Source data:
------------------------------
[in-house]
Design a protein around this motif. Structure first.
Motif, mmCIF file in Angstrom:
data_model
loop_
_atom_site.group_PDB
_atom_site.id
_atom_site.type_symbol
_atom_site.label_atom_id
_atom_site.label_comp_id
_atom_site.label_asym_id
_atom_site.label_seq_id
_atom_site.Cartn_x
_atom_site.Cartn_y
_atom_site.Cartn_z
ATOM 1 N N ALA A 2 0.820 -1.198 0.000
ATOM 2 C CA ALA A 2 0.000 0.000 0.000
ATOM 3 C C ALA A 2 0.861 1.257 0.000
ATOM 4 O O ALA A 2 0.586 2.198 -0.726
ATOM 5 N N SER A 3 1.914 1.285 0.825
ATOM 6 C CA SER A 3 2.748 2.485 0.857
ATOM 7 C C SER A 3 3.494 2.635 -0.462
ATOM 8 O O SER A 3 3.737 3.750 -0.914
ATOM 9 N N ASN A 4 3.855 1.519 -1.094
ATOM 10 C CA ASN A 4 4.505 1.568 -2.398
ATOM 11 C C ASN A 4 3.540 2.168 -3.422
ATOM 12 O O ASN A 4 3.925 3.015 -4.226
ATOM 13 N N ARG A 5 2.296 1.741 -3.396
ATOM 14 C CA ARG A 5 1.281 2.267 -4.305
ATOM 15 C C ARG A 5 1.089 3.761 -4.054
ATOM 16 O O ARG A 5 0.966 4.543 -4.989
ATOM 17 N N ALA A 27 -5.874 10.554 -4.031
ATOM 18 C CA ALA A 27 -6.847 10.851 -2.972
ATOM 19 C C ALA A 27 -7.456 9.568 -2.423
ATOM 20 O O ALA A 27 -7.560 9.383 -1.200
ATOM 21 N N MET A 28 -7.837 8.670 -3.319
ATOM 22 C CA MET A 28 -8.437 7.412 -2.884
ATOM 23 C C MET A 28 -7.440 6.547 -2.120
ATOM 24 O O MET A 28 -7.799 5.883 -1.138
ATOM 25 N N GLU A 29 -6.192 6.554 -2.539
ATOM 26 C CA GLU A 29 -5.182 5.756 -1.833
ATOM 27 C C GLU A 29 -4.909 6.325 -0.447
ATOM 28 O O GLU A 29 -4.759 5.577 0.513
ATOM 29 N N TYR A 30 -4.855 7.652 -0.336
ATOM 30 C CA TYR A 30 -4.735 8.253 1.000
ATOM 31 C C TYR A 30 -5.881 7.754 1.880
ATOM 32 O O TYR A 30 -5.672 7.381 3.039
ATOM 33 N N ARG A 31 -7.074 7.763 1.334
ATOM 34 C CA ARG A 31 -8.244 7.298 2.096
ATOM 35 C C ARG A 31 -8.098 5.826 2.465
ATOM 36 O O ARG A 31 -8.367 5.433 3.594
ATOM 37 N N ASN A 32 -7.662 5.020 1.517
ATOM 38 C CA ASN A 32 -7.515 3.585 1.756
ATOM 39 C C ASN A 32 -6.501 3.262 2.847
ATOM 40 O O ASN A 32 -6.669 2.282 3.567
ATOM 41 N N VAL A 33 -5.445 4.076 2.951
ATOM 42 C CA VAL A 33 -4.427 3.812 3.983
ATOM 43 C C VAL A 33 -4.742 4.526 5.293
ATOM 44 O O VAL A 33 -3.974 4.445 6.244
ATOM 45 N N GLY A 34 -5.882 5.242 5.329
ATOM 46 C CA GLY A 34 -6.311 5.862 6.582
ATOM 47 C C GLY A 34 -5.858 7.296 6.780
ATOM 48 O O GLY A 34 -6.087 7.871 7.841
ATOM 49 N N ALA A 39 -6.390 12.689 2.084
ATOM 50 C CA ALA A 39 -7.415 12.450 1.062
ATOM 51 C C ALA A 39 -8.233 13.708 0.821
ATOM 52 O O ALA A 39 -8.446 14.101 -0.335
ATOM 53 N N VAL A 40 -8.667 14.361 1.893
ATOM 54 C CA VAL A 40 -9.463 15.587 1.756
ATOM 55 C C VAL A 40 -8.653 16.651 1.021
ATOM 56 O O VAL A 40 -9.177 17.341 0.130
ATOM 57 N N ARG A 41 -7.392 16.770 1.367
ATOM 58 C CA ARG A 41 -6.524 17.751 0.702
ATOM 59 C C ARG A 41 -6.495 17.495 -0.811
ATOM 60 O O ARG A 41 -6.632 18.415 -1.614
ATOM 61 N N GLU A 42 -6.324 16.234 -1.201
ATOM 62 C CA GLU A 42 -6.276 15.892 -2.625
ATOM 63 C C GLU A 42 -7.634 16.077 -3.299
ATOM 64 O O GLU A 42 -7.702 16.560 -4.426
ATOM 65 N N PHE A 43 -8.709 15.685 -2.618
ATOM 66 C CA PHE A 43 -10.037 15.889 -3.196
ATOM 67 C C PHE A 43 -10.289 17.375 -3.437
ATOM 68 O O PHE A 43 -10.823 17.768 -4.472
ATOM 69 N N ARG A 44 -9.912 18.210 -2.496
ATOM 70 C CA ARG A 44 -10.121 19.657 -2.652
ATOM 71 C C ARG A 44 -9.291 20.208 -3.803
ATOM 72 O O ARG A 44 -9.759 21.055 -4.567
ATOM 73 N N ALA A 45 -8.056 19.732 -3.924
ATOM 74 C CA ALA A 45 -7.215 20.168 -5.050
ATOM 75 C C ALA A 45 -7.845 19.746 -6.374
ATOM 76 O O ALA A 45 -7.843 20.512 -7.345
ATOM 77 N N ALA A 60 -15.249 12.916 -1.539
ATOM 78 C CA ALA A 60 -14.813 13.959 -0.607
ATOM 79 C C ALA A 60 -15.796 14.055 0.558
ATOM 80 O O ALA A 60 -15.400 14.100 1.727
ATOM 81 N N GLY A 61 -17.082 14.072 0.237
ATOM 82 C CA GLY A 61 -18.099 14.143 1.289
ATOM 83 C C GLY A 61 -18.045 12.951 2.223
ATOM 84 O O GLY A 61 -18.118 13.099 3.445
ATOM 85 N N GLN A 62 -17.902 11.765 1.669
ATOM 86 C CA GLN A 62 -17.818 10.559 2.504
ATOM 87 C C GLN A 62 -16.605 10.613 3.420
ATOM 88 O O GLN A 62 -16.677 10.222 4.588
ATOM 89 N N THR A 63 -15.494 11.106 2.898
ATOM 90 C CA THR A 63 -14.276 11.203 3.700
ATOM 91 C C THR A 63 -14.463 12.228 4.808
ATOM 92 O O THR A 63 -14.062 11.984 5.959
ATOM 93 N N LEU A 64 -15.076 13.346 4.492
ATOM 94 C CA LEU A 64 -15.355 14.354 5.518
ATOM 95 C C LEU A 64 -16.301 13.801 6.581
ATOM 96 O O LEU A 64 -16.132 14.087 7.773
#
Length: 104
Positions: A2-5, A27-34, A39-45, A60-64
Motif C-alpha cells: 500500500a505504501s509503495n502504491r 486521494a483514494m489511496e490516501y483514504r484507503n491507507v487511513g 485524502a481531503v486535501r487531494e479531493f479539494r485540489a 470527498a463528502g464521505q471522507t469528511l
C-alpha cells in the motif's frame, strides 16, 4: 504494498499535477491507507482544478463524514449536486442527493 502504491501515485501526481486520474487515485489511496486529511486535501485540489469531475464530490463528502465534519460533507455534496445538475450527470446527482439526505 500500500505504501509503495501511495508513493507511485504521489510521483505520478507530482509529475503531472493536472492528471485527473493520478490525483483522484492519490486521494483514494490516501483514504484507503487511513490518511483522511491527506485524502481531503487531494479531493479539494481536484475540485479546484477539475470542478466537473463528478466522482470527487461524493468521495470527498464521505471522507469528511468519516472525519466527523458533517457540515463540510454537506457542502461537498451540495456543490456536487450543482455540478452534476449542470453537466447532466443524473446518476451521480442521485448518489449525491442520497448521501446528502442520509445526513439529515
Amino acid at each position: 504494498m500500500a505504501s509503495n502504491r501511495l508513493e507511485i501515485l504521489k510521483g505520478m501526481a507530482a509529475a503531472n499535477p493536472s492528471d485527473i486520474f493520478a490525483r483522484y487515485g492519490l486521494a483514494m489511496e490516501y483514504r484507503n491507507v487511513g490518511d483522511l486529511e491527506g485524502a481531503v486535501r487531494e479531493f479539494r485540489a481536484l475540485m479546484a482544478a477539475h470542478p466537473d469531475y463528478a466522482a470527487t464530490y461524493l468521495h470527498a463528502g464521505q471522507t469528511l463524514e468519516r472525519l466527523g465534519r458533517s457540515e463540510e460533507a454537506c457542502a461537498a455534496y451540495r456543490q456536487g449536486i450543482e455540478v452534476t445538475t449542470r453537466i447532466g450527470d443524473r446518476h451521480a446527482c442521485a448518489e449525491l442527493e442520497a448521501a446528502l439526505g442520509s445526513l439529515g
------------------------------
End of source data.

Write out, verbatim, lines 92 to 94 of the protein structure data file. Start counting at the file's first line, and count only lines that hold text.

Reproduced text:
ATOM 77 N N ALA A 60 -15.249 12.916 -1.539
ATOM 78 C CA ALA A 60 -14.813 13.959 -0.607
ATOM 79 C C ALA A 60 -15.796 14.055 0.558